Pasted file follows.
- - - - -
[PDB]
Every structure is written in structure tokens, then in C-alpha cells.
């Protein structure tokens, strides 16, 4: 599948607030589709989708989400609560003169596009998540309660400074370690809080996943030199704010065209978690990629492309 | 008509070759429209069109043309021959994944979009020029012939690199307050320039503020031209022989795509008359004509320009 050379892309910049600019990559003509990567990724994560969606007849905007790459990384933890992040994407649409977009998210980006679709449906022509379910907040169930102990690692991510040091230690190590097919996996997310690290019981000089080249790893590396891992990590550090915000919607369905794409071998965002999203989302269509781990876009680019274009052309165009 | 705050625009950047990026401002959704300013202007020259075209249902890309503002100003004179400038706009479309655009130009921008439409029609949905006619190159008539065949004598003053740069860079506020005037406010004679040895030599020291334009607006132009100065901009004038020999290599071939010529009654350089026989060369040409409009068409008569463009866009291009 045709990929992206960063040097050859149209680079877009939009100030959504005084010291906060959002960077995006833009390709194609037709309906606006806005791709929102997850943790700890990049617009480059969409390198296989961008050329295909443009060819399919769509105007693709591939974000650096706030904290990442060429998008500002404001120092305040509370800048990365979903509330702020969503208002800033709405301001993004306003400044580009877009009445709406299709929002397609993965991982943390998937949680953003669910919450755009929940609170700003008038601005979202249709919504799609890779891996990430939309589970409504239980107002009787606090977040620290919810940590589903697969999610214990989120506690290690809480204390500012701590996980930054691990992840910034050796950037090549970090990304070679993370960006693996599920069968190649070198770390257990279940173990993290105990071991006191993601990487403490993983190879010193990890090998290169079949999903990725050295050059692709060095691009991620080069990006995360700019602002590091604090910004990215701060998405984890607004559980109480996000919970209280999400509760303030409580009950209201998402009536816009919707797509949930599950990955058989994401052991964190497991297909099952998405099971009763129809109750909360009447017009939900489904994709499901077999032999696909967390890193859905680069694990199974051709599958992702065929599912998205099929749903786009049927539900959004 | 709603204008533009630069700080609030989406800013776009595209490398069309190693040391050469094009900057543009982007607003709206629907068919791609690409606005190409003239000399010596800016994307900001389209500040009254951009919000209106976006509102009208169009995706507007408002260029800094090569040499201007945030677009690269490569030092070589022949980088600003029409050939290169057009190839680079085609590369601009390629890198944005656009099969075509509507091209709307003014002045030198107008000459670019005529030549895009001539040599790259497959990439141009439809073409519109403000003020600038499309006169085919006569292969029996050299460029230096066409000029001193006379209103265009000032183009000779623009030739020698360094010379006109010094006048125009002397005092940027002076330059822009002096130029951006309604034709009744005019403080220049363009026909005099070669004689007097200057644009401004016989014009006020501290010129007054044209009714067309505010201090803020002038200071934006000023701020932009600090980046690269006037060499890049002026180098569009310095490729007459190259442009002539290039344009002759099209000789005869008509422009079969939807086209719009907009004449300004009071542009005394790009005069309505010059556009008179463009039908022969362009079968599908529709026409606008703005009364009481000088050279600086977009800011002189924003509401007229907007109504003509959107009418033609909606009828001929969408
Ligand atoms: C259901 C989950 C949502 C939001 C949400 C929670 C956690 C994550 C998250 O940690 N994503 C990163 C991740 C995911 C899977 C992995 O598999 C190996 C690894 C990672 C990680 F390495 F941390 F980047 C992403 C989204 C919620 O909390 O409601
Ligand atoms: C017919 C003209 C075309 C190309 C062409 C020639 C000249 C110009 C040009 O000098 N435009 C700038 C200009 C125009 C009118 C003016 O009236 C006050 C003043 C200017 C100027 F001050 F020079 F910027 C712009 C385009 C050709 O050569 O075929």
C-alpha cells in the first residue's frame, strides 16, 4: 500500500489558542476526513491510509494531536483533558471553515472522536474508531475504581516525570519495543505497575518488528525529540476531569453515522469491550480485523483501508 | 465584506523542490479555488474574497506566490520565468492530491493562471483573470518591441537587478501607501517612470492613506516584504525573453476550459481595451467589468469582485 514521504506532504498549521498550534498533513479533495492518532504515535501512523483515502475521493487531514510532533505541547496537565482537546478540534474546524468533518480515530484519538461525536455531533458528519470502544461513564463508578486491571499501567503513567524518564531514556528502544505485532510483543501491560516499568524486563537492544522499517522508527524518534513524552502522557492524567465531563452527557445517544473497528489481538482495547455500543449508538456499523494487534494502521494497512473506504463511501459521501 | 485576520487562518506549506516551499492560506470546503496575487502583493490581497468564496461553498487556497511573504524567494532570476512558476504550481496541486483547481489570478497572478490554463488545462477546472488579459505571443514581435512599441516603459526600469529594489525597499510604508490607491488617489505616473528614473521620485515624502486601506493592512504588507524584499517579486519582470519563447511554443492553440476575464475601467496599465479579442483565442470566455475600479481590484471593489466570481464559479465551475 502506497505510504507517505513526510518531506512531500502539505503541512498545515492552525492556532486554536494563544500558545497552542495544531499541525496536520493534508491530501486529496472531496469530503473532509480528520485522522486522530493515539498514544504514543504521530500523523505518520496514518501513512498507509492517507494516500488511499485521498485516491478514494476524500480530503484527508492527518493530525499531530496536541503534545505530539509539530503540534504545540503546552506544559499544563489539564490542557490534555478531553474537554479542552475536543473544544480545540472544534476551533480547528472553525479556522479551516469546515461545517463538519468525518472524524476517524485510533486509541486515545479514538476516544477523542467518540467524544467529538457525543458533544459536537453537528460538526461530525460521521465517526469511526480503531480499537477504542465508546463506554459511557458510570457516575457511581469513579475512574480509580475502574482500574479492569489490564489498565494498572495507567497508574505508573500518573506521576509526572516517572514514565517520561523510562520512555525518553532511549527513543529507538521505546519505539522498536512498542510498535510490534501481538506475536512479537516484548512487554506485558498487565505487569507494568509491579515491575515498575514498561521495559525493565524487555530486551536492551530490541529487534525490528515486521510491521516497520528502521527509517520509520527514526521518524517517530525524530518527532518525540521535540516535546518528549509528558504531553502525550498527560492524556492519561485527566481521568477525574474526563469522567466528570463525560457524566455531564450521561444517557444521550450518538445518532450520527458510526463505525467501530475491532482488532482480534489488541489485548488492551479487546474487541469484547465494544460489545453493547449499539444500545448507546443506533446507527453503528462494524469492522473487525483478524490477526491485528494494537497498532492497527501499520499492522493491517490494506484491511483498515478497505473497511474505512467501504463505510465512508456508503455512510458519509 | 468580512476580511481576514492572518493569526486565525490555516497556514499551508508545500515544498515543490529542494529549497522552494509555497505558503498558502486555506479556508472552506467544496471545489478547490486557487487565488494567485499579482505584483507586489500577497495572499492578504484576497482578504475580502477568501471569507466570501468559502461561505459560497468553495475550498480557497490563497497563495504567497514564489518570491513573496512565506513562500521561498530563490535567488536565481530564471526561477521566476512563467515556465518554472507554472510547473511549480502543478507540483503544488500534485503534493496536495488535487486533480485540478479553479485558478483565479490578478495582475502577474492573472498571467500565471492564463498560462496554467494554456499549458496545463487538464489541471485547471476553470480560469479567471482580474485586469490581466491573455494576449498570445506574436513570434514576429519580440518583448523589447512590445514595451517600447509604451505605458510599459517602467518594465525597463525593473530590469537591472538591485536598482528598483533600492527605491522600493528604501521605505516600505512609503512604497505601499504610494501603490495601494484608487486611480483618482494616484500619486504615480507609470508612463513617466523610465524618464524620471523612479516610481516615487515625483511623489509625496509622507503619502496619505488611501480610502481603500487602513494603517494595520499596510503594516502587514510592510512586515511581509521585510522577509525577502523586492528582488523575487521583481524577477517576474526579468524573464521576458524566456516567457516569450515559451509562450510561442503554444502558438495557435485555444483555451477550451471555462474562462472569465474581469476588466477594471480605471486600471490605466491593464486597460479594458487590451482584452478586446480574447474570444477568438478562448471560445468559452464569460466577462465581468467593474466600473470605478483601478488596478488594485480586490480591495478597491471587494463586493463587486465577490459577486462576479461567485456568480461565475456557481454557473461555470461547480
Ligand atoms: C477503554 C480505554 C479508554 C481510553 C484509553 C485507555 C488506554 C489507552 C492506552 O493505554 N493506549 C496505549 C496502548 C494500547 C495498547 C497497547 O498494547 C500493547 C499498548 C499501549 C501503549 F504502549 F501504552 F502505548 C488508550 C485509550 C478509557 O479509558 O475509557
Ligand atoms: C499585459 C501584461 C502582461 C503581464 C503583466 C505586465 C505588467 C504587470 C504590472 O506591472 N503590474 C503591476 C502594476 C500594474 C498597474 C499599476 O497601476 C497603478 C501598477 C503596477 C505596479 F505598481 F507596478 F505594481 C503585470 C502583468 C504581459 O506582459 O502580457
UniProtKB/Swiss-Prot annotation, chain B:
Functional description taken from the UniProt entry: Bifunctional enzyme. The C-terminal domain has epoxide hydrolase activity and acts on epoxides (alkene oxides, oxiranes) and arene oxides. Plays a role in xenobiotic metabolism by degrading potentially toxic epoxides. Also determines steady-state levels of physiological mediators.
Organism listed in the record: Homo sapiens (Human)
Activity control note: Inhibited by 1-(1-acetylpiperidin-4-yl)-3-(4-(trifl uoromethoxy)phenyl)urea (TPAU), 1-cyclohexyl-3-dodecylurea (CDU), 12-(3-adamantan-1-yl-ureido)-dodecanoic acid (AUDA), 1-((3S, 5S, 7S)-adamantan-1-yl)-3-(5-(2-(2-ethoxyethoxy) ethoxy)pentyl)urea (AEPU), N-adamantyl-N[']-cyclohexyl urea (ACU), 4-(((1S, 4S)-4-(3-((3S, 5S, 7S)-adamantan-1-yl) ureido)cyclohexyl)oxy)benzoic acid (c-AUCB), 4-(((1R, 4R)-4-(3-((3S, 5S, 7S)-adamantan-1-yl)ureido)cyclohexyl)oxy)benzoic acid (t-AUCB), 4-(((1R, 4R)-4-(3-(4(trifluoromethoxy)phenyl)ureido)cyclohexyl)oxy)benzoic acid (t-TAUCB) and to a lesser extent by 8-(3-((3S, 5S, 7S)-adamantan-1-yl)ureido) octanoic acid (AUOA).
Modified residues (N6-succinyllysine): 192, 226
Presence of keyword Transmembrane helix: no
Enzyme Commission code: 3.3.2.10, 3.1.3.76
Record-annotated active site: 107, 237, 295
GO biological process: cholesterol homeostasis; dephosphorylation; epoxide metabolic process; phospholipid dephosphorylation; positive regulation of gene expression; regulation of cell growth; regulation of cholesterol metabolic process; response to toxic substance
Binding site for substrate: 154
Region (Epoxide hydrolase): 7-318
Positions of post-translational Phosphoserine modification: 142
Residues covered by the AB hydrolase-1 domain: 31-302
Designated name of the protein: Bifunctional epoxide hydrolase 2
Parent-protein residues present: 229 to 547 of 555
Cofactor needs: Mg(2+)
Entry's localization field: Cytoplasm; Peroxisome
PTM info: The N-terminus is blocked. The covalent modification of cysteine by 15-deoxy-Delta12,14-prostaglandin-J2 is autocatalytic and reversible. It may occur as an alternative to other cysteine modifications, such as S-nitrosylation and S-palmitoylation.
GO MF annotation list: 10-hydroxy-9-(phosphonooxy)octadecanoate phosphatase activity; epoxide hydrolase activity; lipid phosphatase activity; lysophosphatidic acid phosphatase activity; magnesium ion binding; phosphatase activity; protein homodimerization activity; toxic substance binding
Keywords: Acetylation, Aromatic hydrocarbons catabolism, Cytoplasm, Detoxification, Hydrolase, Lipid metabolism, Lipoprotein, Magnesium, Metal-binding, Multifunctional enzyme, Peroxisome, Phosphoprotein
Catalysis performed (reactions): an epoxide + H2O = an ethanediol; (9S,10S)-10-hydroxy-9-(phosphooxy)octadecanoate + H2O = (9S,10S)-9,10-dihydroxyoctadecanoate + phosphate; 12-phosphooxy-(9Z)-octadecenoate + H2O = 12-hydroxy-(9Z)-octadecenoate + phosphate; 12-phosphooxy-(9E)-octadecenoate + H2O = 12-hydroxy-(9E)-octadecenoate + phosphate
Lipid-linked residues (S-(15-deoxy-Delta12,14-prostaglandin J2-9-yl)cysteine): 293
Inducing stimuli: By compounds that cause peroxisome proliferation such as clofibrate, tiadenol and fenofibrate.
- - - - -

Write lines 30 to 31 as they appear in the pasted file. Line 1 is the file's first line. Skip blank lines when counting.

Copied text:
Lipid-linked residues (S-(15-deoxy-Delta12,14-prostaglandin J2-9-yl)cysteine): 293
Inducing stimuli: By compounds that cause peroxisome proliferation such as clofibrate, tiadenol and fenofibrate.